I wanted to create a tangible change which will leave a mark for years to come, and ideally I wanted to be covered in paint and sawdust for as long as possible while doing it.

Colourful signs are more than just markers—they’re the face of a small business. For a tea company, they’re like a handshake, introducing visitors to the brand’s vibe before they even step inside. And when most of our tea tour guests don’t speak Japanese, those signs become crucial guides, helping them find their way around without getting lost in translation. It’s not just about pointing people in the right direction; it’s about making them feel at home and confident they’ve found the right spot for a sip of something special.

Working on those signs wasn’t just about practicality—it was a creative journey that I found incredibly rewarding. As a nurse, I’m used to using my hands for precise tasks, but this was a different kind of precision, a different kind of care. Sketching out designs, mixing paints, and seeing my ideas come to life on those boards was like therapy. It tapped into a part of me that doesn’t always get a chance to shine in my day-to-day work. There’s something deeply satisfying about creating something tangible, something that speaks to people even before they read the words.

Being able to infuse those signs with the personality of our brand was the cherry on top. Each stroke of paint was a chance to capture the essence of what makes our tea company special. Whether it was a playful illustration of a tea kanji or a serene depiction of a tea leaf, I poured a little piece of myself into each design. And when visitors would pause to admire them or snap a photo for their socials or friends and family, it felt like I’d succeeded in my mission—to create something that not only pointed the way but also made people smile.

In the end, those signs became more than just markers—they became ambassadors for our brand, welcoming guests with open arms and setting the stage for the tea-tasting adventures that awaited them inside. And knowing that I had a hand in that, quite literally, made every moment of creativity and hard work worth it.

Is Wabi-sabi the cure for perfectionism?

In the serene atmosphere of Obubu’s first pottery workshop, something unexpected happened; I became utterly fascinated with the vessels more than the tea they held. Moulding clay with my hands sparked a newfound passion for pottery, and soon, I was hooked.

From traditional Japanese styles to modern designs, I dove headfirst into the world of ceramics, eager to learn everything I could about this art form. With each piece I created, I found myself drawn deeper into the process, relishing the imperfections that made each piece unique.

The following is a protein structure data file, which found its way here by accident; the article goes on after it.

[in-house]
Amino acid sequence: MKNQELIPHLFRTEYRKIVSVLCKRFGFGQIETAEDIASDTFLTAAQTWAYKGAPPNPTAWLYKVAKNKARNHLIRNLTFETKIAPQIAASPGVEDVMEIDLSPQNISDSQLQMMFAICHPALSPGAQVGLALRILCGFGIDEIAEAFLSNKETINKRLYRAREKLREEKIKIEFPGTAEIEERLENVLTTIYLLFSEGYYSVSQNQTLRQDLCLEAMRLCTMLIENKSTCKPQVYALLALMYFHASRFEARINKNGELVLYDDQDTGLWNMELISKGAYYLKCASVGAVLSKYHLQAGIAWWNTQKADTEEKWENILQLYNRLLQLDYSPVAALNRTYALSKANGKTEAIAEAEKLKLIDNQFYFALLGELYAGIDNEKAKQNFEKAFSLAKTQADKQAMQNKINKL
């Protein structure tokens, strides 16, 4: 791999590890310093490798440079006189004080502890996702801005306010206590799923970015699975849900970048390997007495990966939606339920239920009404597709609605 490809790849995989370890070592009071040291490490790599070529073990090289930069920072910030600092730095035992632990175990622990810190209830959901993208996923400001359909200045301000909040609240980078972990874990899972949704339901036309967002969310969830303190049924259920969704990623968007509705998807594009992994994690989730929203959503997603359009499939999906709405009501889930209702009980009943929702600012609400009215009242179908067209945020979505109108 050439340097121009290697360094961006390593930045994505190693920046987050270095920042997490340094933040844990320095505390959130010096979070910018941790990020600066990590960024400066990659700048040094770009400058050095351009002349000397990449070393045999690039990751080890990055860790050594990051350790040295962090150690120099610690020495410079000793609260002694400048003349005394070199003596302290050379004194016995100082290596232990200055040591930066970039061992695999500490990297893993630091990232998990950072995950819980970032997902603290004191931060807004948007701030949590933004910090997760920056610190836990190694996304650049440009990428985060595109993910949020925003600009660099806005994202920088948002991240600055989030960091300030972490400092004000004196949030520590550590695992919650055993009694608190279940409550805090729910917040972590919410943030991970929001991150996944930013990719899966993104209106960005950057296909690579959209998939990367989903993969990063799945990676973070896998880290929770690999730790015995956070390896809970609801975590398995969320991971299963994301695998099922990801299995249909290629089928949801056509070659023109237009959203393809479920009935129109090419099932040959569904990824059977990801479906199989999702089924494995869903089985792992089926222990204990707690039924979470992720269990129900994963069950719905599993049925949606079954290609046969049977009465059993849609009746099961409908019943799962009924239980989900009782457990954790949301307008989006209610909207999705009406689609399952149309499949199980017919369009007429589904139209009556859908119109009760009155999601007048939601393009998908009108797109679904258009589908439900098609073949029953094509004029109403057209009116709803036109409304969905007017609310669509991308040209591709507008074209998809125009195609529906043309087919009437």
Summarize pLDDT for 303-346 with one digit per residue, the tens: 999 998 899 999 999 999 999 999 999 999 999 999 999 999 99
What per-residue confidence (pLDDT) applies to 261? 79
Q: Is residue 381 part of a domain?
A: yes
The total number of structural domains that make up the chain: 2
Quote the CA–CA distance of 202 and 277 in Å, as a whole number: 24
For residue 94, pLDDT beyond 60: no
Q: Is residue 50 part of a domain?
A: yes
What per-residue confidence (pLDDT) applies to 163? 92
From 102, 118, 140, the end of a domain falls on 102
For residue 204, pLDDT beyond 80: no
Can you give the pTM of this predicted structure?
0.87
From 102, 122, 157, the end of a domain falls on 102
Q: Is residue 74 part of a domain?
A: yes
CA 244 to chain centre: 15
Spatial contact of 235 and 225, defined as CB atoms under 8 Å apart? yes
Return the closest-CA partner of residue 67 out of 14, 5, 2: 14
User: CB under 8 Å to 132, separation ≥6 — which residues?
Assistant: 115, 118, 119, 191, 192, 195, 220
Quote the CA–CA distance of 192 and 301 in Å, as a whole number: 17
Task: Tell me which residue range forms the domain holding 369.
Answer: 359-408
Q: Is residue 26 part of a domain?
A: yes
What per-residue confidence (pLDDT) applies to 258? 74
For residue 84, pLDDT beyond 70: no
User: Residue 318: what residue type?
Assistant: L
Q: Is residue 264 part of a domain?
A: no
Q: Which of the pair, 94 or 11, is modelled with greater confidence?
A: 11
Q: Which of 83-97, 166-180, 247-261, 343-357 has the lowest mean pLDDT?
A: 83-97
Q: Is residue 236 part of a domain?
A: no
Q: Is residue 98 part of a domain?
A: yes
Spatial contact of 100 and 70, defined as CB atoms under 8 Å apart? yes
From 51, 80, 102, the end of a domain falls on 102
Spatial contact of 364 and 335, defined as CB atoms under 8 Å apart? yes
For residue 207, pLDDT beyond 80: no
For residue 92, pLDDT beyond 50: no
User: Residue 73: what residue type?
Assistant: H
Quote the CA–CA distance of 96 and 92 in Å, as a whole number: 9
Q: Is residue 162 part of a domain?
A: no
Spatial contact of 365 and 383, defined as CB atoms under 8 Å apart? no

As my thirst for not just very good tea, but also for knowledge about pottery grew, I attended workshops, classes and museums, soaking up knowledge like a sponge. 

That’s why I decided to attend pottery classes in Shigaraki and Tokoname, yet, as a perfectionist, I struggled with the idea of embracing imperfection in my art.

Every lopsided curve or uneven line felt like a failure. That’s when I discovered wabi sabi during our second JTB (Japanese Tea Basics) with assistant manager Pau, and learnt more about that aspect of Japanese philosophy which celebrates imperfection and impermanence.

Instead of seeing flaws, I began to see character and beauty in the imperfections of my work. It was liberating. I learned to let go of my need for perfection and embrace the organic, the rustic, the imperfect.

Now, pottery isn’t just a hobby—it’s a journey of self-discovery and creative expression. Each piece I create tells a story, a reminder of the beauty that lies in imperfection and the wisdom of embracing life’s impermanent nature.

After Obubu

Going back home to England after spending three months surrounded by the gentle life in Wazuka, where the air is crisp and clean, and low clouds lazily float through the mountains is going to be tough. I will certainly miss  strolling through the lush tea fields, learning so much every single day and sipping the perfect cup of tea prepared by one of our brewers.

I will also miss the community, where laughter and camaraderie fill the air.

However, before this experience, I had been stuck in tunnel vision, unaware of the broader artistic and social world beyond my immediate surroundings.

Interning at Obubu provided a profound shift in my perspective, particularly regarding my passion for ceramics. Immersing myself in a new culture ignited my creativity and deepened my appreciation for the craft. 

This experience solidified my resolve to pursue a career in ceramics, blending traditional methods with contemporary aesthetics. 

My internship was, if anything, a journey of self-discovery that reaffirmed my calling, and for that I will be forever thankful.

Sore de… a few thank yous are due:

To Akky-san, for his eternal smile that never seems to fade, always spreading warmth and positivity wherever he goes.
To Hiro-san, whose boundless optimism is infectious, reminding us to always look on the bright side of life.
To Kayo-san, who brings a sense of calmness to the chaos, her serene presence (and incredible soup) ground us in moments of stress.

Thank you so much to Miwako-san (and Sakura-chan!), whose endless energy and amazing versatility left me wondering if there is something she can’t do. 

To George-san, who kept the business running smoothly, thank you for the interesting conversations and for your serious unseriousness. 

And to Matsu-san, I very much enjoyed his visits and I will always remember the serene melody of the piano drifting through the kitchen at Obubu House, adding an extra touch of magic to our days.

To our assistant managers, thank you for your unwavering dedication, hard work and the many cups of tea we shared. And to our new interns, thank you for your patience and friendship as you embark on this journey.